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Back when I started homebrewing, I used a Pur filter. I've since moved and my kitchen sink won't accept any sort of filter. I've brewed a few batches with just Fairfax County, VA tap water, and not noticed any real difference.

I was wondering what the consensus is: Do you use tap water? Filter with a faucet-mounted filter? Filter with a pitcher type filter? Pre-boil water?

Sub-question: Take the water as you get it (whether filtered or tap), or add minerals and whatnot?

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4 Answers

up vote 7 down vote accepted

Most tap water (in America) is good for brewing

I recommend removing (filtering) or adding things to your water only if you have a problem with it. (Or want to create a beer with a historic profile, like Burton on Trent, Pilsen, or Dublin.)

Your water influences a few things in the brewing process, namely the mash and the overall product. When evaluating which water to use, ask yourself some questions.

  1. How does it taste? Do I notice anything off about may water? (EG: chloramines, sodium)
  2. If my tap water tastes funny, does the flavor carry over to the resultant beer?
  3. Am I getting good efficiency and conversion in my mash?

My answers were:

  1. Icky. Tastes like salt.
  2. Hard to tell.
  3. No, my efficiency is crap

Turns out the water in my area is crap for brewing.

Water-influenced flavor problems

Try purchasing spring water or filtering your water. If you mash or mini-mash do not use distilled or reverse-osmosis water. I built this cheap filter that should be good for about 770 ten-gallon batches.

Simple water filter

Mash problems

Poor efficiency could be caused by water chemistry. The mash needs to reach a low pH for optimal enzyme activity. Minerals in the water may prevent it from reaching 5.0-5.6 pH and filtering generally does not help with this. Obtain your local water report. It should be available on your water company's web site, or search "water report" and the name of your town/city and state.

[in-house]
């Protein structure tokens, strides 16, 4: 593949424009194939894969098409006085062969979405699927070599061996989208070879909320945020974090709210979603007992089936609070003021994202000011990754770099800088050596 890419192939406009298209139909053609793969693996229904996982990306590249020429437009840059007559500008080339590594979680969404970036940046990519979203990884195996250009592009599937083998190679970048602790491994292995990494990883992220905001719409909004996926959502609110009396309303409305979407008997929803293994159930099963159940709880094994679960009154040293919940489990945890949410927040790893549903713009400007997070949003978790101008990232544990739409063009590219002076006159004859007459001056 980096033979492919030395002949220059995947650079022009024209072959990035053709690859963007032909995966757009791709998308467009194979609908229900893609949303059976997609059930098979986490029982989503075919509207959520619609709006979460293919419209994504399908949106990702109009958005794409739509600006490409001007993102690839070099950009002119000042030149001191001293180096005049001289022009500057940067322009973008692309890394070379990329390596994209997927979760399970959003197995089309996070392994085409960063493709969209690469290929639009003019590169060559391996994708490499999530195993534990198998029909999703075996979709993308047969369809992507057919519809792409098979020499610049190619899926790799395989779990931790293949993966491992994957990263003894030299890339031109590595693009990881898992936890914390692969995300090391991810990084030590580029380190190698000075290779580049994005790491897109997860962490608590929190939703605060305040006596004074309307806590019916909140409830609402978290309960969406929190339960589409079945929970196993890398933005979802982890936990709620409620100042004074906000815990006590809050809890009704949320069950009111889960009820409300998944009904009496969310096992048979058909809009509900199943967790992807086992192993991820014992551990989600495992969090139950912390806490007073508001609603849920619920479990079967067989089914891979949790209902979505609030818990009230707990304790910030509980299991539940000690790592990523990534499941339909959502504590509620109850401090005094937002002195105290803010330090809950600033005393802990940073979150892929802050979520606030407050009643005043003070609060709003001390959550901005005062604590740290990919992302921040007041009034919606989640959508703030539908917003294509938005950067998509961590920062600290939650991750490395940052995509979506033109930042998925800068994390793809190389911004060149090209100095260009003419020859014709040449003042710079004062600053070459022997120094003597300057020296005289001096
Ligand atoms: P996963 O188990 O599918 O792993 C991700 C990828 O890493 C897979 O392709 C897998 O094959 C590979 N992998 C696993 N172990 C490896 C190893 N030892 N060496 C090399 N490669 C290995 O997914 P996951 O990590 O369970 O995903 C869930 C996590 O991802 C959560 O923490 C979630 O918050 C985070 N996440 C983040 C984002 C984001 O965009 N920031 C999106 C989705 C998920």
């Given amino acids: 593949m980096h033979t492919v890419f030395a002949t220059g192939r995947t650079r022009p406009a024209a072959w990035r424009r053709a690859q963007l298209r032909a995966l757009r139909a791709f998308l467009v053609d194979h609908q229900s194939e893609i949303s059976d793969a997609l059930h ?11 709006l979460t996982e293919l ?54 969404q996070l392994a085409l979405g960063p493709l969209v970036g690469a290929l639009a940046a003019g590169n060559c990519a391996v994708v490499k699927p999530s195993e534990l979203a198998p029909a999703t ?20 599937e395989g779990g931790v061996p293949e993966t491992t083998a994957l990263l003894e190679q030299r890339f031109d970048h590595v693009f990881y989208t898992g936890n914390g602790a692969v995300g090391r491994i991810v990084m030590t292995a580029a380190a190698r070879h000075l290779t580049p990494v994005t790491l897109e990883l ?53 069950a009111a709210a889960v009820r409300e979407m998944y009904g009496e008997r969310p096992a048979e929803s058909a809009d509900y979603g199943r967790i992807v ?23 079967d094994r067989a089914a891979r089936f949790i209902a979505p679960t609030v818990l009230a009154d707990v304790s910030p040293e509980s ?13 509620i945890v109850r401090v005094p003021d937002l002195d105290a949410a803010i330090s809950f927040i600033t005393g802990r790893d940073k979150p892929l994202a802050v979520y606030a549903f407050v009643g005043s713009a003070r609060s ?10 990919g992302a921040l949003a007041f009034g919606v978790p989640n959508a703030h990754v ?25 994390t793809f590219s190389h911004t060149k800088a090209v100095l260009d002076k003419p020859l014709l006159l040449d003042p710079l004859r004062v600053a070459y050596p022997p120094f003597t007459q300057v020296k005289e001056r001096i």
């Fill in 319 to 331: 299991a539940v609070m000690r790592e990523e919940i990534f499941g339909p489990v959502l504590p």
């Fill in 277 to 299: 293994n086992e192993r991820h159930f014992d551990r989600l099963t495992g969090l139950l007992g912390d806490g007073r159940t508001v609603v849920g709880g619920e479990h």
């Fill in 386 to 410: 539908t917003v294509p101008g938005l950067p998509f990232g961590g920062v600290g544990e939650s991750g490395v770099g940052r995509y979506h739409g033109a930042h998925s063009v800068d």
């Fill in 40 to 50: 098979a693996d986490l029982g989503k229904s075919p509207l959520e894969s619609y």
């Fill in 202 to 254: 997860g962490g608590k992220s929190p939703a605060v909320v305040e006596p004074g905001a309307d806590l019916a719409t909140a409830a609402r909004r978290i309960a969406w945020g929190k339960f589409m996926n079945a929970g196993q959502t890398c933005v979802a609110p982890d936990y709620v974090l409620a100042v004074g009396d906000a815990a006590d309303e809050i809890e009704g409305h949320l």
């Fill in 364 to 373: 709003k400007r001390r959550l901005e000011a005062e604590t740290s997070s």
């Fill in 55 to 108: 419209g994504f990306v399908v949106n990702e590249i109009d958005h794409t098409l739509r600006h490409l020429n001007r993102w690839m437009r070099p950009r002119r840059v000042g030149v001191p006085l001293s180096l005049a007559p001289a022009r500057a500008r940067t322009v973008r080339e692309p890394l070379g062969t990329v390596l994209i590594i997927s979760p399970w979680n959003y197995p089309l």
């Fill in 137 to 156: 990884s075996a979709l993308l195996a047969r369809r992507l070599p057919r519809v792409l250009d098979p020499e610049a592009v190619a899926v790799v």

Some qualities, like too much of a problematic mineral, can be solved by diluting with RO water. In rare occasions, like mine, you have to build your water from scratch. This is a good motivator to learn the necessary water chemistry related to brewing. It's beyond the scope of this question, so I won't go into it here.

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For drinking & cooking I use a under-the-counter reverse osmosis filter. Not cheap and doesn't have the capacity for 10 gallon batches, but takes care of the problem. –  Dean Brundage Mar 25 '10 at 22:27
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I use filtered water (under-counter job with a separate faucet, about $80 from Home Depot), because my public water is disgustingly bleachy. They tell me it's within spec of chlorine PPM, but it's truly awful. Smells like a sanitizing solution.

Filtered Water Kit

Well water can have a whole different set of issues. Where I used to live, I had a ton of manganese and iron from a well, so I had to Brita that to make it potable.

If your water doesn't taste "off" you're probably fine, but like Dean said, there are definitely options for playing with water chemistry, especially if you're trying to replicate a regional style.

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You can buy a sink filter for under a $100. In the long run it turns out to be cheaper than Brita filters and faucet-mounted filters. So easy to install.

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I've always just used my tap water, but I know a guy who takes his carboy to Kroger and just sticks it in the water cooler refilling station, and he says it's pretty cheap.

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about $.50/gal at safeway....but this water will have NO MINERAL NUTRIENTS.....something to think about. –  Arlo427 Mar 24 '10 at 15:19
    
It's not deionized is it? –  Room3 Mar 24 '10 at 17:46
    
Isn't that water the same as your tap water, just run through a filter? –  Room3 Mar 24 '10 at 17:54
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Some of the spring waters will have minerals, likely very low concentrations. You can probably find the report on the supplier's web site. –  Dean Brundage Mar 25 '10 at 22:25
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